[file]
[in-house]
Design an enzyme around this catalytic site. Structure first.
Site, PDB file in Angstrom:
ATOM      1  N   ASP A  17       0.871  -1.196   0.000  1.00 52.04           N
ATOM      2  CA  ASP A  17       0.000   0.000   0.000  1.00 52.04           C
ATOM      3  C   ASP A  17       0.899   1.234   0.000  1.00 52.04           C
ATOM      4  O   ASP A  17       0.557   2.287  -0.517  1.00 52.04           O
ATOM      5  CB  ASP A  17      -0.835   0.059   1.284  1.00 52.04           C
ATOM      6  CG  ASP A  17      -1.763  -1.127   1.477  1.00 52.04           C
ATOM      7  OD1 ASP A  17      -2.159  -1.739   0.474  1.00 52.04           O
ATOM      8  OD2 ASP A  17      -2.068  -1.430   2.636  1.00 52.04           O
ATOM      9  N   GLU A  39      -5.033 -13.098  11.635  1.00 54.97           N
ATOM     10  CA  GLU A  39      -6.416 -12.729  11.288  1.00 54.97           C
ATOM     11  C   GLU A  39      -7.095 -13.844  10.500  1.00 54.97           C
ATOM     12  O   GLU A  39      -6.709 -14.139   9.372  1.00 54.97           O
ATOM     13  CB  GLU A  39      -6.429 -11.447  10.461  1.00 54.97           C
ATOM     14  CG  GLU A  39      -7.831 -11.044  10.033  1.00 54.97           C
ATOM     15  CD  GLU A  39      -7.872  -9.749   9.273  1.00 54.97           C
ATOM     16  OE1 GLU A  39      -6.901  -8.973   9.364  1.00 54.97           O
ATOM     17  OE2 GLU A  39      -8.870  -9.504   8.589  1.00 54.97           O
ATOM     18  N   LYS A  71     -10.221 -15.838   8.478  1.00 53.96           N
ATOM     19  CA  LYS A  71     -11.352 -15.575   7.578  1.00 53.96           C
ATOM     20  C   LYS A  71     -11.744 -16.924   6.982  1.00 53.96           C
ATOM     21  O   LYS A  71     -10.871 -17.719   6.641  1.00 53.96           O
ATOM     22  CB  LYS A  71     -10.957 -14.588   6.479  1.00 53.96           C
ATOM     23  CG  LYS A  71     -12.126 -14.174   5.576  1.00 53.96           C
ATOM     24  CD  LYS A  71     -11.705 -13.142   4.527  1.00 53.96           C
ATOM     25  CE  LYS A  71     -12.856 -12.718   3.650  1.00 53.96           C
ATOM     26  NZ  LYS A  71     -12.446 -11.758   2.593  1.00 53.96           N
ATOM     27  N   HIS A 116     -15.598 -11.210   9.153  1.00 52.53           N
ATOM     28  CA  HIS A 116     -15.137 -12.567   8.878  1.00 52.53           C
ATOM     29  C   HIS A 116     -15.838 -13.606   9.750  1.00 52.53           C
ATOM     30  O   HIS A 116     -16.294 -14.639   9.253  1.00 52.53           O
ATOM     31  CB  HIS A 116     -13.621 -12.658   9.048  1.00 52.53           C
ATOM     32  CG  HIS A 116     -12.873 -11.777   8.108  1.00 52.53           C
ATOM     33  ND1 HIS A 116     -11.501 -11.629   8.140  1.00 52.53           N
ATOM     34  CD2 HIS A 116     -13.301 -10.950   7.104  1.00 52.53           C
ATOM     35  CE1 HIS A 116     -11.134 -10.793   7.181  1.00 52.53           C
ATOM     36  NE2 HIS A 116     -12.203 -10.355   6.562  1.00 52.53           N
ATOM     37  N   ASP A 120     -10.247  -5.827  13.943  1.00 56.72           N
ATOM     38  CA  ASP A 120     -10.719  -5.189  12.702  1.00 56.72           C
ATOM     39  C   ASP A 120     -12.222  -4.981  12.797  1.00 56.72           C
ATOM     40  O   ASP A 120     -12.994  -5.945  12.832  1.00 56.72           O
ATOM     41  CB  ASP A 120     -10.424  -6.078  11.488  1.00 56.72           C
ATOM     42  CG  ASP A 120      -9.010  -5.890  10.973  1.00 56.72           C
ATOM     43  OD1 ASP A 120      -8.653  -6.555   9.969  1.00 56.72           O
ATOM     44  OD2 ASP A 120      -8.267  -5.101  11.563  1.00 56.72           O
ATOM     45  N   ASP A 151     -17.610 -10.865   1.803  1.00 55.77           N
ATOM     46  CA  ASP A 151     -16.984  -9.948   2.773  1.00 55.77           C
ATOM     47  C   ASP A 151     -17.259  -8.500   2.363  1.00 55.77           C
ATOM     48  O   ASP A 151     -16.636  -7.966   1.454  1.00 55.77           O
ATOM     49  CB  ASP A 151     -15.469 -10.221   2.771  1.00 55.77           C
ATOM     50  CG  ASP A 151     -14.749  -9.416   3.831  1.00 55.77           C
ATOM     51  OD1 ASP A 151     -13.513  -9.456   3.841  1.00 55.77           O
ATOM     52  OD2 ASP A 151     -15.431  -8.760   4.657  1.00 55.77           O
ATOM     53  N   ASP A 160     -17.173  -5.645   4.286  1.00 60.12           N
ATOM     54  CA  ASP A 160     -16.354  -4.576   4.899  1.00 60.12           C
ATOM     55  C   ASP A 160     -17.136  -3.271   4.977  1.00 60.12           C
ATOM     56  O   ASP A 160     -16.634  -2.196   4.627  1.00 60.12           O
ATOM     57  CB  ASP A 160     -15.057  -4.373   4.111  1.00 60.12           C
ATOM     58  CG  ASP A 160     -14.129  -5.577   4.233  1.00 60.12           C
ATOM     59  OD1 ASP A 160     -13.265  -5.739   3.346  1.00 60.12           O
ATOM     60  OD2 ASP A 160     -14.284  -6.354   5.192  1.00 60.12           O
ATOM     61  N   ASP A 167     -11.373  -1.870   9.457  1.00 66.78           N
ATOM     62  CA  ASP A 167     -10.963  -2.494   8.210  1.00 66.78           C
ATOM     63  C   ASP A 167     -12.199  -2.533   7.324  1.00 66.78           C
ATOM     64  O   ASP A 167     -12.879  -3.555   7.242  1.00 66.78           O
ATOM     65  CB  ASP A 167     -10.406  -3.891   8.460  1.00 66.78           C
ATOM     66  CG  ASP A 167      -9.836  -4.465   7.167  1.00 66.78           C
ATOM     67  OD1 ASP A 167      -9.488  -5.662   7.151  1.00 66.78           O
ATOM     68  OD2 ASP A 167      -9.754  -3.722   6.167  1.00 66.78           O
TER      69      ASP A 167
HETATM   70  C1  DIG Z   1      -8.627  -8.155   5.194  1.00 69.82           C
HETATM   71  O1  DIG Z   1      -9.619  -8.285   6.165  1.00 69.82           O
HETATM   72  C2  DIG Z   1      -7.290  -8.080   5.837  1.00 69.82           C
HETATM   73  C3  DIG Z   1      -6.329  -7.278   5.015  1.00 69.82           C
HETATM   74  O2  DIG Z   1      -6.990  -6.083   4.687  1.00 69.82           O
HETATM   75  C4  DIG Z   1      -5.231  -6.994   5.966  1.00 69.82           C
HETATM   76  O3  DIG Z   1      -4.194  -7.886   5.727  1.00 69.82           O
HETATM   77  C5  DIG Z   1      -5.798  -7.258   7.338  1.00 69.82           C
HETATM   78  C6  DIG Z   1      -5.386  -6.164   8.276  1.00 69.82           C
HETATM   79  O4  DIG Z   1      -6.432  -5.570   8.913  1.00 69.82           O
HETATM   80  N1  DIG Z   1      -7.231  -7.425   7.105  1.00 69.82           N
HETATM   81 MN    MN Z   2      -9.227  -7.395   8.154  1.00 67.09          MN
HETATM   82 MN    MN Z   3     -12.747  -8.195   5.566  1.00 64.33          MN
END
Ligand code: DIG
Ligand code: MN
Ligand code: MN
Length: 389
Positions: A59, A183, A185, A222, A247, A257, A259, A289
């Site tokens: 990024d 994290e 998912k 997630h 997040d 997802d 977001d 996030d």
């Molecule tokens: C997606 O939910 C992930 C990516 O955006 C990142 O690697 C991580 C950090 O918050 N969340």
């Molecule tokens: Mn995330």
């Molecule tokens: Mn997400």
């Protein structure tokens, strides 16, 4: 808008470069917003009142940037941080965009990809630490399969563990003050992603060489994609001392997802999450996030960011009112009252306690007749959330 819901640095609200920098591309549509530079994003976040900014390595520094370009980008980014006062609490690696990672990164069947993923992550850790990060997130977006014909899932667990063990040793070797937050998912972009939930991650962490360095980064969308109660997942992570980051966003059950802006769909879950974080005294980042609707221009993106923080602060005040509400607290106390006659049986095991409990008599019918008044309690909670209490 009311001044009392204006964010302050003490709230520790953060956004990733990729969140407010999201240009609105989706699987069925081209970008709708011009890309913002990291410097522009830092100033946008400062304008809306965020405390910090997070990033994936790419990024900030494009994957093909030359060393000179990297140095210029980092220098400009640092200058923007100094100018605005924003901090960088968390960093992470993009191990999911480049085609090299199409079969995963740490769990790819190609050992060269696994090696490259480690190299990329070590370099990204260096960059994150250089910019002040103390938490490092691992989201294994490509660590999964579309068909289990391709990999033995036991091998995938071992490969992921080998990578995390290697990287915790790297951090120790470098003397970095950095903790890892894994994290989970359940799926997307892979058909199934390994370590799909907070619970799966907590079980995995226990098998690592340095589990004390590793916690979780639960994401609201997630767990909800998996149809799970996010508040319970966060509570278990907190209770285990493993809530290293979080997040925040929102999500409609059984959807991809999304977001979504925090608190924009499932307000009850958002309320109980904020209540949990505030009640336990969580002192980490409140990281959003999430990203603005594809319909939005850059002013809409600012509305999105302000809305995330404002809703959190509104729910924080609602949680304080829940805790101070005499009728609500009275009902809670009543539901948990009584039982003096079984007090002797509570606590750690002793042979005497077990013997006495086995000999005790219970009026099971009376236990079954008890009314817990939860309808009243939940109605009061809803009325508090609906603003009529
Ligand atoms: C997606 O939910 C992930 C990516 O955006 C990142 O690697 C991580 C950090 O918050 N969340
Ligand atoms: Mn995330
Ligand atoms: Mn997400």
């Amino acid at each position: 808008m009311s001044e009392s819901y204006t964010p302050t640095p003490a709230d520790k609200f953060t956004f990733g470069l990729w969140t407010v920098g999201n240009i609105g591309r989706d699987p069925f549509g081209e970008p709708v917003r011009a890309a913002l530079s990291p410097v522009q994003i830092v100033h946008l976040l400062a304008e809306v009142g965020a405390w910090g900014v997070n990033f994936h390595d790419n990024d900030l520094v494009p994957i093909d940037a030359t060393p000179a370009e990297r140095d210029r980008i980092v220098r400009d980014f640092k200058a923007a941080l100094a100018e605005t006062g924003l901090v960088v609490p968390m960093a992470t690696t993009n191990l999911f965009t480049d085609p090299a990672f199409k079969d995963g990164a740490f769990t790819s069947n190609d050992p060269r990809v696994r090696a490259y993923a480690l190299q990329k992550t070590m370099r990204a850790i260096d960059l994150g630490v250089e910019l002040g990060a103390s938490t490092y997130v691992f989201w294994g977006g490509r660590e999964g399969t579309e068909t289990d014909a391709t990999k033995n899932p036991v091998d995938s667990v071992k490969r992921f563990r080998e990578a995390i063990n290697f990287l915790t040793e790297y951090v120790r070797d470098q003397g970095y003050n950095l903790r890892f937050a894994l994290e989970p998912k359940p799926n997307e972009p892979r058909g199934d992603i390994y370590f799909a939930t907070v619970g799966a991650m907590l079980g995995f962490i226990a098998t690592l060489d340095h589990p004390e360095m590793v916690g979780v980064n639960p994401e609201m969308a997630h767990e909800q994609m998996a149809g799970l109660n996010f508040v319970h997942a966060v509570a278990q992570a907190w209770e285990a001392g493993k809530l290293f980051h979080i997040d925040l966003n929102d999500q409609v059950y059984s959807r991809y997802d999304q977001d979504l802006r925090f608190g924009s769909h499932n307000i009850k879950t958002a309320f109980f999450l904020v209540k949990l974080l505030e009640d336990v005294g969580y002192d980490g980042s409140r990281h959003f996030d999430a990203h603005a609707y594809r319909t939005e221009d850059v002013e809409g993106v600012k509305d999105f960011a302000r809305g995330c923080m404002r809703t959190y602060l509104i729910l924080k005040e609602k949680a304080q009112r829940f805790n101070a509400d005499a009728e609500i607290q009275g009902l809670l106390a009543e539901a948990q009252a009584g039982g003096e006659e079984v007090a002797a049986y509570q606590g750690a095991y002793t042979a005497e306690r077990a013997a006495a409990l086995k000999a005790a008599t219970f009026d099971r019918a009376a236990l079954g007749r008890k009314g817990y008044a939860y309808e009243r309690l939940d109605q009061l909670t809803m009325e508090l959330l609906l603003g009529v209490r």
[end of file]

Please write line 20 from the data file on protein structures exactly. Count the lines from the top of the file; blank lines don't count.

ATOM     17  OE2 GLU A  39      -8.870  -9.504   8.589  1.00 54.97           O